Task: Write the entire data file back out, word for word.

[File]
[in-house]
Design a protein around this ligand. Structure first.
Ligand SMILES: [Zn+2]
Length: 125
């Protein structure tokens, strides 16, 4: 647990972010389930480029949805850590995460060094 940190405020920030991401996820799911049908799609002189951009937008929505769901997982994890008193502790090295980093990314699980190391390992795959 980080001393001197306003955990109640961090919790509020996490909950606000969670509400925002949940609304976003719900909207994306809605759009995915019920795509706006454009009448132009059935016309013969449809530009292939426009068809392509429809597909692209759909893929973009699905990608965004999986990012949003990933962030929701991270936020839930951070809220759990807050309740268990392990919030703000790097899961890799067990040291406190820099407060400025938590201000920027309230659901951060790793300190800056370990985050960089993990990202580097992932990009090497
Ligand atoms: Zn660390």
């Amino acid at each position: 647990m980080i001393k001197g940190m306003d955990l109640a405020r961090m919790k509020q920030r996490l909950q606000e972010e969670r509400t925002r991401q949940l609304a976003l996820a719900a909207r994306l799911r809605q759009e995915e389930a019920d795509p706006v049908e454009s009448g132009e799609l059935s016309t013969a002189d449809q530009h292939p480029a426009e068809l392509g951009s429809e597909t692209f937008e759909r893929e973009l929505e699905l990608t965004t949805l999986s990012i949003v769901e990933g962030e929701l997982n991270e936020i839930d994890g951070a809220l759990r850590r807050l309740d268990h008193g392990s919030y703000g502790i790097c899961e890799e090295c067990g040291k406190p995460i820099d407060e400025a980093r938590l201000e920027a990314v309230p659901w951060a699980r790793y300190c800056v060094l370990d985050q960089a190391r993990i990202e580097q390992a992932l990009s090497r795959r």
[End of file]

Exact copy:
[in-house]
Design a protein around this ligand. Structure first.
Ligand SMILES: [Zn+2]
Length: 125
């Protein structure tokens, strides 16, 4: 647990972010389930480029949805850590995460060094 940190405020920030991401996820799911049908799609002189951009937008929505769901997982994890008193502790090295980093990314699980190391390992795959 980080001393001197306003955990109640961090919790509020996490909950606000969670509400925002949940609304976003719900909207994306809605759009995915019920795509706006454009009448132009059935016309013969449809530009292939426009068809392509429809597909692209759909893929973009699905990608965004999986990012949003990933962030929701991270936020839930951070809220759990807050309740268990392990919030703000790097899961890799067990040291406190820099407060400025938590201000920027309230659901951060790793300190800056370990985050960089993990990202580097992932990009090497
Ligand atoms: Zn660390």
């Amino acid at each position: 647990m980080i001393k001197g940190m306003d955990l109640a405020r961090m919790k509020q920030r996490l909950q606000e972010e969670r509400t925002r991401q949940l609304a976003l996820a719900a909207r994306l799911r809605q759009e995915e389930a019920d795509p706006v049908e454009s009448g132009e799609l059935s016309t013969a002189d449809q530009h292939p480029a426009e068809l392509g951009s429809e597909t692209f937008e759909r893929e973009l929505e699905l990608t965004t949805l999986s990012i949003v769901e990933g962030e929701l997982n991270e936020i839930d994890g951070a809220l759990r850590r807050l309740d268990h008193g392990s919030y703000g502790i790097c899961e890799e090295c067990g040291k406190p995460i820099d407060e400025a980093r938590l201000e920027a990314v309230p659901w951060a699980r790793y300190c800056v060094l370990d985050q960089a190391r993990i990202e580097q390992a992932l990009s090497r795959r």